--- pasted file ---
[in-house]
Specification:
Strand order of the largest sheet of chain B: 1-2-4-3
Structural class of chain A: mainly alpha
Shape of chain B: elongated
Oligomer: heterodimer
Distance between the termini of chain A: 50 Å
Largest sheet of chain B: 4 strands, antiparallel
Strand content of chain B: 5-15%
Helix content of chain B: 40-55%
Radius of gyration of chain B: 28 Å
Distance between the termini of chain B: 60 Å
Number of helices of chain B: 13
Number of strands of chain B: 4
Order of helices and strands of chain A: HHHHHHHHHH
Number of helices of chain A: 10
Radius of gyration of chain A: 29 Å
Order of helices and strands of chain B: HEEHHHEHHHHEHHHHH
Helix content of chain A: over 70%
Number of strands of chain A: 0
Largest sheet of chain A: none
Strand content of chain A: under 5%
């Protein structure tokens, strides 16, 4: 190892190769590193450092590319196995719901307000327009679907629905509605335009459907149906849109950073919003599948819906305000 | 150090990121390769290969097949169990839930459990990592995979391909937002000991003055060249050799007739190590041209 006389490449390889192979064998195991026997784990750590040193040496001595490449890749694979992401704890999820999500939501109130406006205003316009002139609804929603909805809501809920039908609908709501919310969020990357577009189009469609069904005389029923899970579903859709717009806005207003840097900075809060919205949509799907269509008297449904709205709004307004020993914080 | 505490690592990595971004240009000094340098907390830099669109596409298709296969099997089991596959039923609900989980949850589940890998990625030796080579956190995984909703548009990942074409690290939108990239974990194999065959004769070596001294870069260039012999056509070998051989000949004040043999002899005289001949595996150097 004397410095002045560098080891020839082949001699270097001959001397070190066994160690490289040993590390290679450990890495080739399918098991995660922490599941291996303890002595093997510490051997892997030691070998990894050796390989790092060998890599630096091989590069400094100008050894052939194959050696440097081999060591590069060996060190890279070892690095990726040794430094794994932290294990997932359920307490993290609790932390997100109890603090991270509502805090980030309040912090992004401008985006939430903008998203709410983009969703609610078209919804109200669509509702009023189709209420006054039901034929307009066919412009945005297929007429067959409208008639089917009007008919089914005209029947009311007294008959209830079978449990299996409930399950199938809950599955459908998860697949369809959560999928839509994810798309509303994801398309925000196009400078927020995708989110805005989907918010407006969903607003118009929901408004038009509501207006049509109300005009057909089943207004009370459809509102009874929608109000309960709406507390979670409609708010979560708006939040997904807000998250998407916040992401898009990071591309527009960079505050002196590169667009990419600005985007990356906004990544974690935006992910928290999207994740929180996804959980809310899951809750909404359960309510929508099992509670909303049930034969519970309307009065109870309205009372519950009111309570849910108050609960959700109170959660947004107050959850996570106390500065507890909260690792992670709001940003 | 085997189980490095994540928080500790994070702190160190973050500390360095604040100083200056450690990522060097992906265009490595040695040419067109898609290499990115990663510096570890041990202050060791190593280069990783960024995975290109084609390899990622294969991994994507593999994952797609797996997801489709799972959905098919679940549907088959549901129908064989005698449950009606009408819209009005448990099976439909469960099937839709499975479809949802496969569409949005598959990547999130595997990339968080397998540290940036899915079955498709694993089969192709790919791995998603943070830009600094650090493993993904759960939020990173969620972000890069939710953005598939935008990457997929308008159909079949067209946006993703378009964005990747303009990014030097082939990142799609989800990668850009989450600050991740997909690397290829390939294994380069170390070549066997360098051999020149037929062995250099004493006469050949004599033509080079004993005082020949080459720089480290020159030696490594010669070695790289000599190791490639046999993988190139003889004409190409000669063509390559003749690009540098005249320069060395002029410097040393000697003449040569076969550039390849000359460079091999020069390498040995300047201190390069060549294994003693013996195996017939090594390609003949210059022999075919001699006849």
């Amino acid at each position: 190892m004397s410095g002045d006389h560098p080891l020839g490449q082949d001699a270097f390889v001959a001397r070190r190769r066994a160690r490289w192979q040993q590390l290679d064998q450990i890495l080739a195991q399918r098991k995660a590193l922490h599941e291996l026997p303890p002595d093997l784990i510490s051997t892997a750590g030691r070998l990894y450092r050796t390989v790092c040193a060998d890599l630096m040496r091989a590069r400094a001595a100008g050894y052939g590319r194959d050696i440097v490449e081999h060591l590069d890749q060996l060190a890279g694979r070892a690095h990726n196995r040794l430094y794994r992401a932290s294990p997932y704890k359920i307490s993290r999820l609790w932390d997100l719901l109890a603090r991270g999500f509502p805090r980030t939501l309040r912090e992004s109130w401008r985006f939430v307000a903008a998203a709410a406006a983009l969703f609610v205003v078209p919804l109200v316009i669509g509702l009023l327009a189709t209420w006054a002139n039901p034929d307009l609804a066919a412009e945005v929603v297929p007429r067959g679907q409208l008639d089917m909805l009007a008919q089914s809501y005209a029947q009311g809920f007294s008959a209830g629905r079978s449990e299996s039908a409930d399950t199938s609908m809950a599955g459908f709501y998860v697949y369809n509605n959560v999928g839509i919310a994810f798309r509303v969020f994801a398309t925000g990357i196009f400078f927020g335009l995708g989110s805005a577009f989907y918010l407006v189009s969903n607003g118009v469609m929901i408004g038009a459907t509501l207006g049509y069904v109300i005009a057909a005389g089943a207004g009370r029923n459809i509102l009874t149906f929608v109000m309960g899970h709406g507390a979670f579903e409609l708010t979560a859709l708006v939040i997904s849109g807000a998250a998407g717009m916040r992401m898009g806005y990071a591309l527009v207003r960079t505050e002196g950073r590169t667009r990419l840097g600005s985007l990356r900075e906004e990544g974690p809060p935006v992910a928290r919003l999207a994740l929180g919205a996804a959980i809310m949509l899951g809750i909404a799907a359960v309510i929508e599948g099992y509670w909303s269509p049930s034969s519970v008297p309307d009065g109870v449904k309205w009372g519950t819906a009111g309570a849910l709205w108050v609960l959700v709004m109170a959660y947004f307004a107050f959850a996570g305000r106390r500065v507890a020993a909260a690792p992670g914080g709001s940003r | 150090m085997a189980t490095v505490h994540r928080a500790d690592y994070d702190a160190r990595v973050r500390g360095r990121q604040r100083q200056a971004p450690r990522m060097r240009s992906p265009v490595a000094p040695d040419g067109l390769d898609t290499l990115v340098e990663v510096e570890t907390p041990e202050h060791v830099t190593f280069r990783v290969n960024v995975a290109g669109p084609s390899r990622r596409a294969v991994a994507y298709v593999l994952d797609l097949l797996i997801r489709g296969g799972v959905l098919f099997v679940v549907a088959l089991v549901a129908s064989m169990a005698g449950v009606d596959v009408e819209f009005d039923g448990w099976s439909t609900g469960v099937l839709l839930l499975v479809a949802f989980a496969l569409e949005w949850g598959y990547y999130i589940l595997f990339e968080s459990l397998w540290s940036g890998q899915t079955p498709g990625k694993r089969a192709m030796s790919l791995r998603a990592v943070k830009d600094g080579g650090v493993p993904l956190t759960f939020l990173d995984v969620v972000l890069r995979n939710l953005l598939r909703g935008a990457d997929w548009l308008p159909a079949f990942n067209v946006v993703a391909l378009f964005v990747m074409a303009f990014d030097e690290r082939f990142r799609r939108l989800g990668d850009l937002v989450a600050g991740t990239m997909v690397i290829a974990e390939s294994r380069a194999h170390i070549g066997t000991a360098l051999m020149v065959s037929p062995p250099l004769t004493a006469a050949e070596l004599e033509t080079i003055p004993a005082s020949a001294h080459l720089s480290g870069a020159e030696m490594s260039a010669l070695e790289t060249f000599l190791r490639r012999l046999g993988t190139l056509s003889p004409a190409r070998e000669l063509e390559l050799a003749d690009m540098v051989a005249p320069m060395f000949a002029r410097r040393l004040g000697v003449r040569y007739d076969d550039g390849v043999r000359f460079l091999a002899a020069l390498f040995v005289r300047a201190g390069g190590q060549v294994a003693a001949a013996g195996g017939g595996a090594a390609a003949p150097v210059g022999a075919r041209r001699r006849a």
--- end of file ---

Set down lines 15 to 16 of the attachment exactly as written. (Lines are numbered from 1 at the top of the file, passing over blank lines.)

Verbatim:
Order of helices and strands of chain A: HHHHHHHHHH
Number of helices of chain A: 10